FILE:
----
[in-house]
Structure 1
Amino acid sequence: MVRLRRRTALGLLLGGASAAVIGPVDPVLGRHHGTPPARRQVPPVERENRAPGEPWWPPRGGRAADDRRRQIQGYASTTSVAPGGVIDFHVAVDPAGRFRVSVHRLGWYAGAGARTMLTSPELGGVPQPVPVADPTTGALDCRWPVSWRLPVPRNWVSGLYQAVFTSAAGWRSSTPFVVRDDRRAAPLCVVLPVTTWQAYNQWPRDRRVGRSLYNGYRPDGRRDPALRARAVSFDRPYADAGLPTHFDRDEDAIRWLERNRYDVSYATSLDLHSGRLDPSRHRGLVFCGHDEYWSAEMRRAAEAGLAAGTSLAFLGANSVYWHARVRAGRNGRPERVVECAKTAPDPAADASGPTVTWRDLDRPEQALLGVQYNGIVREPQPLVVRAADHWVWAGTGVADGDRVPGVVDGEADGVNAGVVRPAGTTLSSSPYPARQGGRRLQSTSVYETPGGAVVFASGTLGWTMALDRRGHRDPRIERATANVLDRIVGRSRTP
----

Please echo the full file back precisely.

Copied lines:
[in-house]
Structure 1
Amino acid sequence: MVRLRRRTALGLLLGGASAAVIGPVDPVLGRHHGTPPARRQVPPVERENRAPGEPWWPPRGGRAADDRRRQIQGYASTTSVAPGGVIDFHVAVDPAGRFRVSVHRLGWYAGAGARTMLTSPELGGVPQPVPVADPTTGALDCRWPVSWRLPVPRNWVSGLYQAVFTSAAGWRSSTPFVVRDDRRAAPLCVVLPVTTWQAYNQWPRDRRVGRSLYNGYRPDGRRDPALRARAVSFDRPYADAGLPTHFDRDEDAIRWLERNRYDVSYATSLDLHSGRLDPSRHRGLVFCGHDEYWSAEMRRAAEAGLAAGTSLAFLGANSVYWHARVRAGRNGRPERVVECAKTAPDPAADASGPTVTWRDLDRPEQALLGVQYNGIVREPQPLVVRAADHWVWAGTGVADGDRVPGVVDGEADGVNAGVVRPAGTTLSSSPYPARQGGRRLQSTSVYETPGGAVVFASGTLGWTMALDRRGHRDPRIERATANVLDRIVGRSRTP